If the modules are consolidated, as each Open Rental is read, Late Fees are computed for tapes with return dates and no late fees (see Figure 10-50). There are two options for this process. Either we assume there are no more returns or
the clerk must respond to each Open Rental. With the first option, the clerk would have a selectable option for more return processing. When chosen, each return Video ID is entered and Late Fees are computed for that video.
FIGURE 10-39 ABC Video Process Hierarchy Diagram
Notice that both alternatives have problems. The separation alternative has a problem in dealing with returns, and there will be a slight delay for Late Fee processing. The consolidation option actually modifies the processes from the PDFD
somewhat for Late Fee processing.
Data storage for a rental in memory is the same for both alternatives. We need a location for customer information, a table for open rentals, a table for new rentals, and locations for payment information. We will have three iterations through
the table for Open Rentals in the separate alternative, and one, or two if returns are present, iteration(s) in the consolidated alternative.
The alternatives are approximately the same in implementation complexity, although three iterations are more likely to contain bugs than one. The human interface design is the same for both alternatives. The difference in the human interfaces
is the speed and timing for data to appear on the Open Rentals lines. In this case the consolidated alternative is slightly faster. The difference in memory processing is the number of iterations through Open Rental data. Again, the consolidated
alternative is preferred somewhat because it is less likely to contain bugs. With no overwhelming evidence for or against either alternative, this amounts to a judgment call. We will choose the consolidated alternative to minimize the
probability of errors and the number of iterations through the data. The action diagram, reflecting consolidated open rental processing, is in Figure 10-50.
FIGURE 10-40 ABC First-Level Action Diagram
The next activity is reusability analysis. ABC has no library of reusable modules to consider since it currently has no computer processing. The types of modules the consultants are likely to have might be relevant to error processing or to screen interactions. For our purposes, we assume no reusable modules.
To assess module timing, we analyze the module clusters. The only modules that could be concurrent are those in the last cluster to update files and print a receipt. Before deciding concurrency, we must decide the details of history processing
that were deferred from analysis. We have two types of history files: Customer and Video. Customer History is a separate file that contains the Customer ID and all Video IDs rented by that customer. No counts, dates, or copy information
are anticipated. This description complies with the case requirements in Chapter 2.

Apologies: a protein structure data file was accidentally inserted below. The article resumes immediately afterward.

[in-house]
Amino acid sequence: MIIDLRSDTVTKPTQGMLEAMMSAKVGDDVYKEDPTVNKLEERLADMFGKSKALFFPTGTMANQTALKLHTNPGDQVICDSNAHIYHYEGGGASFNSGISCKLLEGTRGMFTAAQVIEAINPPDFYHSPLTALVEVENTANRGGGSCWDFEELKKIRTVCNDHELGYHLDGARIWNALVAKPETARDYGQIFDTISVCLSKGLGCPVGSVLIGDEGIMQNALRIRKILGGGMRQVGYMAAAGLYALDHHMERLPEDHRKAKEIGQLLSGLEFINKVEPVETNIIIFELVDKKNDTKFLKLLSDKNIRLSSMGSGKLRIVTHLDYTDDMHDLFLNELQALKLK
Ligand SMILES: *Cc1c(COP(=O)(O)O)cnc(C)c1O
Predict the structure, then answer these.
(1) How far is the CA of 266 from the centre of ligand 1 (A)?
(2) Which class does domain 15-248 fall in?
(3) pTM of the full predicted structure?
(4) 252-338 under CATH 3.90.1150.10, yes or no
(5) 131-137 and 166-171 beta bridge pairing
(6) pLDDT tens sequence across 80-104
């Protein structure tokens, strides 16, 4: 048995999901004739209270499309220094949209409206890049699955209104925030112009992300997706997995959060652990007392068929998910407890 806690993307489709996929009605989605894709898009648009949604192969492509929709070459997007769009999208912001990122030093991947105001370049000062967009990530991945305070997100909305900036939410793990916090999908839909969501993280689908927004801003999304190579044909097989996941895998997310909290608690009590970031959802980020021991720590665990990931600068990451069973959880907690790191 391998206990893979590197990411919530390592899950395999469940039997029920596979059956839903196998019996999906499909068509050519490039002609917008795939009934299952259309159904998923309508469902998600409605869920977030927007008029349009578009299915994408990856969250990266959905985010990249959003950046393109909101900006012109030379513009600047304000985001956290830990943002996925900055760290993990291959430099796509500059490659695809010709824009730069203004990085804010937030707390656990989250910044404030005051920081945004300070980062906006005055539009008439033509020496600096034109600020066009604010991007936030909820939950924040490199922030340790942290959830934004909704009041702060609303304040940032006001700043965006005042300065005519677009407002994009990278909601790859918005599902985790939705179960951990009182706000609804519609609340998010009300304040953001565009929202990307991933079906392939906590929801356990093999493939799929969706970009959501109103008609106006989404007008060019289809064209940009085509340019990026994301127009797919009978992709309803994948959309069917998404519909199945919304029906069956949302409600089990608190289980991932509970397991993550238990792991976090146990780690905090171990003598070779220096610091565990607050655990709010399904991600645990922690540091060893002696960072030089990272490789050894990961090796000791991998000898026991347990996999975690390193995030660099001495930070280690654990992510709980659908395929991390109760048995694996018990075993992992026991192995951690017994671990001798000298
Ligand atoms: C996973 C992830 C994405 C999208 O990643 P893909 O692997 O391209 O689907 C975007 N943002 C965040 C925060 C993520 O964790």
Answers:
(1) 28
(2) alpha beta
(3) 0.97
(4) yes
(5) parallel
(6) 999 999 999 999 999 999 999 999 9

Video History contains Video ID, Copy ID, Year, Month, Number of Rentals, and Days of Rental for each entry. This data description also complies with the case requirements in Chapter 2. The issue to be decided is whether or not Video History
is maintained during on-line processing, or if the current month's activity is kept with Copy information. If the second alternative is chosen, we need a monthly process to update the Video History and reinitialize the counts in the Copy
relation. If the first alternative is chosen, we have two more alternatives. First, we might need update and create processing because, for anyone copy, we would not know in advance whether it has a historical entry or not. This alternative
requires bug-prone processing that is more complex than keeping counts in the current Copy relation. Second, we could create an empty entry for every tape at the beginning of every month. This alternative is not attractive because it generates
many empty records on history. Both of these alternatives would require history to be on-line. Keeping current counts with Copy relations does not require history to be on-line. The final argument for keeping the counts in Copy information
is that, to maintain status of a given tape, Copy information must be updated upon video return anyway. As long as the tuple is being read, updating it with count information requires adding lines of code rather than a new module. From
this discussion, it should be clear that keeping current counts in the Copy relation is the preferred alternative. We document this and the other changes in the Data Dictionary.
Now we can discuss module timing for the last group of modules. In this group we create and/or update Open Rentals, update Copy, and Print Receipt. Recall from analysis that Vic does not want file update success to be known to the customers.
The receipt should be printed regardless of updating success. This implies that printing could be concurrent with the file processes. The file updates cannot be concurrent because they will all be on the same device. Since there is already
contention for the file among the users, it is unlikely that we would want to increase contention by having the updates concurrent. If printing is the only concurrent process, it is not worth the cost to provide concurrency. Therefore,
the processes will be made sequential for production operation. Figure 1 0-50 is not changed at this point.
FIGURE 10-41 ABC Video Process Dependency Diagram
The entities and data attributes are added to the diagram next to show input and output processing. Two entities, EOD and Rental Archive, are still undefined, having been deferred in analysis. These are left as an exercise. The entities
referenced in Rental/Return processing, Customer, Open Rental, Video, Copy, Customer History, and EOD are all shown in Figure 10-51. When an action diagram arrow is from an entity to a process, it means that the entire tuple is accessed.
The final action is to add screens to the action diagram, but they are not yet defined, so this activity will be left as a future exercise.
FIGURE 10-42 ABC Video Maintenance Second-Level Action Diagram